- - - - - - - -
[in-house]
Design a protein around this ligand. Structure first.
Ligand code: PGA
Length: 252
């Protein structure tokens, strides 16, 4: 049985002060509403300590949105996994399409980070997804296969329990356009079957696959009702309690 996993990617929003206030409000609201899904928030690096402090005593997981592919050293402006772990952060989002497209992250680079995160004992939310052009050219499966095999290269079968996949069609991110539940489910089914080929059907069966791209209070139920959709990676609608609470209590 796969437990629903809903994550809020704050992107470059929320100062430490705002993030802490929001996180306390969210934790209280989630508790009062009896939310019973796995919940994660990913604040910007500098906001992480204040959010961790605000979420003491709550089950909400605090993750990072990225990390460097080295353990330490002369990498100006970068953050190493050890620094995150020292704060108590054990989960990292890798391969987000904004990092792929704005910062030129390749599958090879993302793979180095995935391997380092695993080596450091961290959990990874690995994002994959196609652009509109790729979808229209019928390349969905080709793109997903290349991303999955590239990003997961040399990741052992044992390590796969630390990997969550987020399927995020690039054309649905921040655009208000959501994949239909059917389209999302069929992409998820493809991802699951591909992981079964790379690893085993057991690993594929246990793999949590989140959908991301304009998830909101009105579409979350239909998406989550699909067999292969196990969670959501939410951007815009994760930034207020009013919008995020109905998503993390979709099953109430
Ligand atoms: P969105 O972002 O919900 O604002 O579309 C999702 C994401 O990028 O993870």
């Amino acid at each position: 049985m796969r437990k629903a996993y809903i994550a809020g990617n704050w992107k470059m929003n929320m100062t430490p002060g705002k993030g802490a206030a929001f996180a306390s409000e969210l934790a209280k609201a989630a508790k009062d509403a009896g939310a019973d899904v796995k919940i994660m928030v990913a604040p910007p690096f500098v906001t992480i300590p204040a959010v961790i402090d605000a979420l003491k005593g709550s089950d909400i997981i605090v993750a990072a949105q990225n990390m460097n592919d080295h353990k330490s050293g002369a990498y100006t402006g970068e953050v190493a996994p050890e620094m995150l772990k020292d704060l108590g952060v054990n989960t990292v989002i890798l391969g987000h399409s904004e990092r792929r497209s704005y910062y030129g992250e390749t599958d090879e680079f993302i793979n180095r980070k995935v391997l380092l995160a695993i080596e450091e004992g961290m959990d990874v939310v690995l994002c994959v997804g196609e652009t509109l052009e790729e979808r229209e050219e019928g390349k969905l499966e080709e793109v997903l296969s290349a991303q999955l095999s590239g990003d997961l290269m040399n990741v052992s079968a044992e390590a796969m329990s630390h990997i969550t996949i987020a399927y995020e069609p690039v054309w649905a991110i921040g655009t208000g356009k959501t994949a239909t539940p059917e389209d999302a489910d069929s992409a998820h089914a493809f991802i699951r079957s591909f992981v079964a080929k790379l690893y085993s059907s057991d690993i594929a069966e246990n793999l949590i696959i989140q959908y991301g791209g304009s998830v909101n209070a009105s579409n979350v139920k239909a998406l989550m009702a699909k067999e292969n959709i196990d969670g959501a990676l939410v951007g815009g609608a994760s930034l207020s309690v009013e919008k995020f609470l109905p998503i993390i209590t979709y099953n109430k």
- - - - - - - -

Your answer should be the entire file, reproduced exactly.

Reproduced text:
[in-house]
Design a protein around this ligand. Structure first.
Ligand code: PGA
Length: 252
């Protein structure tokens, strides 16, 4: 049985002060509403300590949105996994399409980070997804296969329990356009079957696959009702309690 996993990617929003206030409000609201899904928030690096402090005593997981592919050293402006772990952060989002497209992250680079995160004992939310052009050219499966095999290269079968996949069609991110539940489910089914080929059907069966791209209070139920959709990676609608609470209590 796969437990629903809903994550809020704050992107470059929320100062430490705002993030802490929001996180306390969210934790209280989630508790009062009896939310019973796995919940994660990913604040910007500098906001992480204040959010961790605000979420003491709550089950909400605090993750990072990225990390460097080295353990330490002369990498100006970068953050190493050890620094995150020292704060108590054990989960990292890798391969987000904004990092792929704005910062030129390749599958090879993302793979180095995935391997380092695993080596450091961290959990990874690995994002994959196609652009509109790729979808229209019928390349969905080709793109997903290349991303999955590239990003997961040399990741052992044992390590796969630390990997969550987020399927995020690039054309649905921040655009208000959501994949239909059917389209999302069929992409998820493809991802699951591909992981079964790379690893085993057991690993594929246990793999949590989140959908991301304009998830909101009105579409979350239909998406989550699909067999292969196990969670959501939410951007815009994760930034207020009013919008995020109905998503993390979709099953109430
Ligand atoms: P969105 O972002 O919900 O604002 O579309 C999702 C994401 O990028 O993870």
């Amino acid at each position: 049985m796969r437990k629903a996993y809903i994550a809020g990617n704050w992107k470059m929003n929320m100062t430490p002060g705002k993030g802490a206030a929001f996180a306390s409000e969210l934790a209280k609201a989630a508790k009062d509403a009896g939310a019973d899904v796995k919940i994660m928030v990913a604040p910007p690096f500098v906001t992480i300590p204040a959010v961790i402090d605000a979420l003491k005593g709550s089950d909400i997981i605090v993750a990072a949105q990225n990390m460097n592919d080295h353990k330490s050293g002369a990498y100006t402006g970068e953050v190493a996994p050890e620094m995150l772990k020292d704060l108590g952060v054990n989960t990292v989002i890798l391969g987000h399409s904004e990092r792929r497209s704005y910062y030129g992250e390749t599958d090879e680079f993302i793979n180095r980070k995935v391997l380092l995160a695993i080596e450091e004992g961290m959990d990874v939310v690995l994002c994959v997804g196609e652009t509109l052009e790729e979808r229209e050219e019928g390349k969905l499966e080709e793109v997903l296969s290349a991303q999955l095999s590239g990003d997961l290269m040399n990741v052992s079968a044992e390590a796969m329990s630390h990997i969550t996949i987020a399927y995020e069609p690039v054309w649905a991110i921040g655009t208000g356009k959501t994949a239909t539940p059917e389209d999302a489910d069929s992409a998820h089914a493809f991802i699951r079957s591909f992981v079964a080929k790379l690893y085993s059907s057991d690993i594929a069966e246990n793999l949590i696959i989140q959908y991301g791209g304009s998830v909101n209070a009105s579409n979350v139920k239909a998406l989550m009702a699909k067999e292969n959709i196990d969670g959501a990676l939410v951007g815009g609608a994760s930034l207020s309690v009013e919008k995020f609470l109905p998503i993390i209590t979709y099953n109430k």